Backyard pools preferred to beach, new survey reveals
By Pool+Spa Staff
Thursday, 30 January, 2014
Australians certainly are clued in about what their pool is worth, with Swimart’s Summer Pool Owners Survey indicating an amazing 90% of Australians believe their pool adds value to their home. The survey, which interviewed pool owners around Australia, found that in terms of value, a pool can add an average of $30,000 to a property.
“As a whole, Australians are a water-loving nation,” says Chris Fitzmaurice, Australasian manager of pool and spa specialists Swimart. “And pool owners place a great deal of value on their pool, both in monetary terms and in terms of how much enjoyment they get out of it.”
PRD Nationwide Research Analyst Angus McLean says pool owners are spot on with their assessment.
“Consensus amongst leading property valuation professionals is that a pool will add value if it is in proportion with the yard and does not overwhelm the garden,” he explains.
“A pool definitely adds appeal and more often than not people will pay extra for something with a pool.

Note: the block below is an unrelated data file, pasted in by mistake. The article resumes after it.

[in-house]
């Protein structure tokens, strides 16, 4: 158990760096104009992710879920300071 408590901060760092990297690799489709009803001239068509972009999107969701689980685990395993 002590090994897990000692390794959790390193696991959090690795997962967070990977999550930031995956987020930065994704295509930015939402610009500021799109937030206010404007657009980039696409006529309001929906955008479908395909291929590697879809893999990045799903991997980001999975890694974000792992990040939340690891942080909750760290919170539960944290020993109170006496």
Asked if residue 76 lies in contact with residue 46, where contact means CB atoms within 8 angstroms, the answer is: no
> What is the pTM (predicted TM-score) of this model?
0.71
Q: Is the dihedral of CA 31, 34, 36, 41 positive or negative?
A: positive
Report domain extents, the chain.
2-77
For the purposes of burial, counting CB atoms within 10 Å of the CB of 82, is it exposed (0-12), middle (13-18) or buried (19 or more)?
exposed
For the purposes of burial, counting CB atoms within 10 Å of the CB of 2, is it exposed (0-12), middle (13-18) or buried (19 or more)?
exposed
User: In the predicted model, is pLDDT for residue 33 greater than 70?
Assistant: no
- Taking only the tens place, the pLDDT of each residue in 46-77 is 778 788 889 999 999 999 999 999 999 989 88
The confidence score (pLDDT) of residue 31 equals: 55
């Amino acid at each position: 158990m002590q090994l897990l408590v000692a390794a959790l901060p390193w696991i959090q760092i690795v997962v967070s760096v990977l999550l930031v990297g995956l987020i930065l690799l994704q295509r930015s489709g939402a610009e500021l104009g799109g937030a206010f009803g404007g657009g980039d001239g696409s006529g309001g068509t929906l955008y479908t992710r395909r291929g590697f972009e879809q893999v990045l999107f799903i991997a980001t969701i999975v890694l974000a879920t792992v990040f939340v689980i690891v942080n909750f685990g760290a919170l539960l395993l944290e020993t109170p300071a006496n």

“Many pools are now almost an extension of the house, making them visible from living rooms to allow easier supervision of children. A well-designed pool will enhance the surrounding landscape as well as allow space for outdoor entertainment and a turfed play area for young ones.”
The Swimart survey also showed that 90% would rather swim in their pool than at the beach and respondents gave some very compelling reasons as to why this is: most believe their pool is safer, more private and more convenient than the beach and, as a bonus, has no crowds, sand or sharks.
In terms of heating, 62% of respondents indicated they do not have any form of heating for their pool and 34% said they had solar heating.
Growing up with a pool in the backyard seems to be the Aussie way, with nearly 70% of respondents indicating they had a pool growing up, and another 13% saying they learnt to swim in their backyard pool. The survey also indicated that we mainly use your pools for relaxation, followed by family time, entertaining and fitness.
There is still room for improvement in terms of having an environmentally friendly pool; just over half of respondents said they made an effort to make their pool more energy efficient and less chemical heavy by using solar-powered pumps or low-chlorine salt chlorinators. Salt chlorination remains dominant over traditional chlorine as the primary form of sanitisation, with 70% of people indicating they used a salt sanitiser.
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